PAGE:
Cat trapped in car dashboard a mix of Yin and yank
Calls for help with getting cats out of trees or off roofs are nothing new to Tisbury police officers. But Mr. Yin, a Siamese-mix, provided a new twist on an old tale last Thursday afternoon, when he got trapped inside the dashboard of his owners' Nissan Murano.
Looking forward to a month-long Vineyard vacation, Tony and Louise Argulewicz had an uneventful four-hour drive from their home in Kingston, N.Y., to Woods Hole that day. Mr. Yin convinced them with howls of protest early in the trip to release him from the confines of his cat carrier. Once they did his bidding, he rode contentedly the rest of the way in Ms. Argulewicz's lap.
Mr. Argulewicz gave Mr. Yin to his wife as a Valentine's Day gift about a year and a half ago. It took them almost a year to tame the shy, skittish cat, now two years old, adopted from the Ulster County ASPCA.
So when they arrived at Woods Hole, Mr. Argulewicz said all the noise at the Steamship Authority (SSA) dock spooked the timid Mr. Yin as they waited in line to drive onto a mid-afternoon ferry. The fearful feline headed for refuge on the floor under his master's feet, beneath the steering wheel.
Apparently that didn't feel quite safe enough, so Mr. Yin, who probably weighs about 12 to 14 pounds, found an opening under the dashboard, wormed his way up inside - and got stuck.
At first his owners were not concerned, figuring he would come out during the crossing. Ms. Argulewicz said she looked up under the steering wheel and could see the cat. She tried luring him out with some tuna but got no response.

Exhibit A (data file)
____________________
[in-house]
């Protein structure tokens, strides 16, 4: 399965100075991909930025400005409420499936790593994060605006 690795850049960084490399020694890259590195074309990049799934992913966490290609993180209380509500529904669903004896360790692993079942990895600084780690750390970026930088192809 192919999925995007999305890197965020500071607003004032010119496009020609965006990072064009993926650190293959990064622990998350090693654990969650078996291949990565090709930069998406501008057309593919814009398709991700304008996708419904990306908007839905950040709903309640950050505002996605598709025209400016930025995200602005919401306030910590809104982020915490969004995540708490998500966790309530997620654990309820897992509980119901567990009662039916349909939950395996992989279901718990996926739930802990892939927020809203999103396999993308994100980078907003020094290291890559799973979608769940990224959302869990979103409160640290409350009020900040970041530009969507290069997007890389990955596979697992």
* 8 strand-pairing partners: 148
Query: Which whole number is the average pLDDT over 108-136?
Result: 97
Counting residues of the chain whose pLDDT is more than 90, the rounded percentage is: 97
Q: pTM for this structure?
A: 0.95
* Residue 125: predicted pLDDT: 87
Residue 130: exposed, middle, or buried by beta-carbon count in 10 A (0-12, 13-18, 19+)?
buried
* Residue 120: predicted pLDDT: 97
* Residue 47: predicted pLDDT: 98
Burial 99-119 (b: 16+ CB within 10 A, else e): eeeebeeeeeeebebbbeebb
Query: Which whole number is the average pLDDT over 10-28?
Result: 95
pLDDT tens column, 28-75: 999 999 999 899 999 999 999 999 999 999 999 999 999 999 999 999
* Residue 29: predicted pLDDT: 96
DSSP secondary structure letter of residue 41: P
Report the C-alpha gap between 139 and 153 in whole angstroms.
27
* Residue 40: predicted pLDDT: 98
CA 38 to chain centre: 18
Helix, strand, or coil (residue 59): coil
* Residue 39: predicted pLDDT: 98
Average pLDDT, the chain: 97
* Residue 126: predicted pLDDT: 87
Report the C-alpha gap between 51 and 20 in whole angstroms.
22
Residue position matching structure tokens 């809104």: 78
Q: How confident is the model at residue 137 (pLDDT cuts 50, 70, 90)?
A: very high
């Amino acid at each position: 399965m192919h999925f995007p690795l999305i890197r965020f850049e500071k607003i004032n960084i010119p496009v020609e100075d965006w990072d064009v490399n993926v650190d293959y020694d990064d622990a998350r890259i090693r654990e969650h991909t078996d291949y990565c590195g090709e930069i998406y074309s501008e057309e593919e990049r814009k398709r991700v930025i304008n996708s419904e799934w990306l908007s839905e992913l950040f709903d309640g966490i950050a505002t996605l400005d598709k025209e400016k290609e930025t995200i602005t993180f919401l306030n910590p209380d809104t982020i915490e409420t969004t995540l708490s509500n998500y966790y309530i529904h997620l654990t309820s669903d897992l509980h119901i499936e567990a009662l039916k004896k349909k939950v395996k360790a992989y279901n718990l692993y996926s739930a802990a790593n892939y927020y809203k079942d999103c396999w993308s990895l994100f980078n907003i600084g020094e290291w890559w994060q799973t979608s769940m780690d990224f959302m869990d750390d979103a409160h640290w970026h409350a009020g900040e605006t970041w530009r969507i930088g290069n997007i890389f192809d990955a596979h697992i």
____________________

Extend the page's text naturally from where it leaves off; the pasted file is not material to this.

Mr. Argulewicz began to worry whether the opening into the dashboard would also allow Mr. Yin access into the engine compartment. An SSA crewmember suggested he should stop at the Tisbury police department for help after disembarking.
Mr. Argulewicz parked near the police station and tried to reach up and pull the cat out. Mr. Yin didn't budge, so Mr. Argulewicz enlisted aid from the Tisbury police department.
Sgt. Robert Fiske and Officer Michael Gately tried to help, as did Emergency Medical Technician (EMT) Tracey Jones. Unable to free the cat, they suggested the couple head to Courtesy Motors around the corner on Beach Road.
Mechanic Mike Southwick assessed the situation in an alley near the shop, and then had Mr. Argulewicz move the car into the shop. In the meantime, Ms. Jones, concerned about the cat's plight, walked over to offer her support and assistance in case he was injured.
Getting down to business, Mr. Southwick determined the cat was wedged between ducts for the air-conditioning and heating. "Did I tell you I'm allergic to cats?" he said to Ms. Jones, who spoke soothingly in a soft voice to Mr. Yin, while Mr. and Ms. Argulewicz stood by anxiously.
Unable to free the immobilized feline after dissembling more and more of the dashboard apparatus and wiring, Mr. Southwick finally told Mr. Yin in exasperation, "Suck it in, cat."
At last Mr. Yin's head appeared, blue eyes unblinking. Mr. Southwick gently pulled him out and handed him to Ms. Argulewicz, who gave him a quick hug and transfer to his carrier.
Mr. Yin watched in cool, or perhaps stunned, silence as the humans hugged all around.
"I can't say enough how friendly everybody was, and how compassionate," Mr. Argulewicz said. "We're very grateful to everyone. People were willing to stop everything to try and help an animal, and us. It's good to see that you still have such a caring community."
The incident was a first for Mr. Southwick, who has worked for Courtesy Motors owner Larry Conroy for 10 years. "I've pulled rodents out from under a dashboard, but never a cat," he said. "I'm just glad he's alive."
With a balance of Yin and yang restored with a little yank, Mr. and Ms. Argulewicz, who are retired, said they were looking forward to their stay in Vineyard Haven, where they have vacationed before.
And when it's time to head back to Kingston, Mr. Argulewicz said, "I can guarantee Mr. Yin will be in that carrier on the way home - all the way home."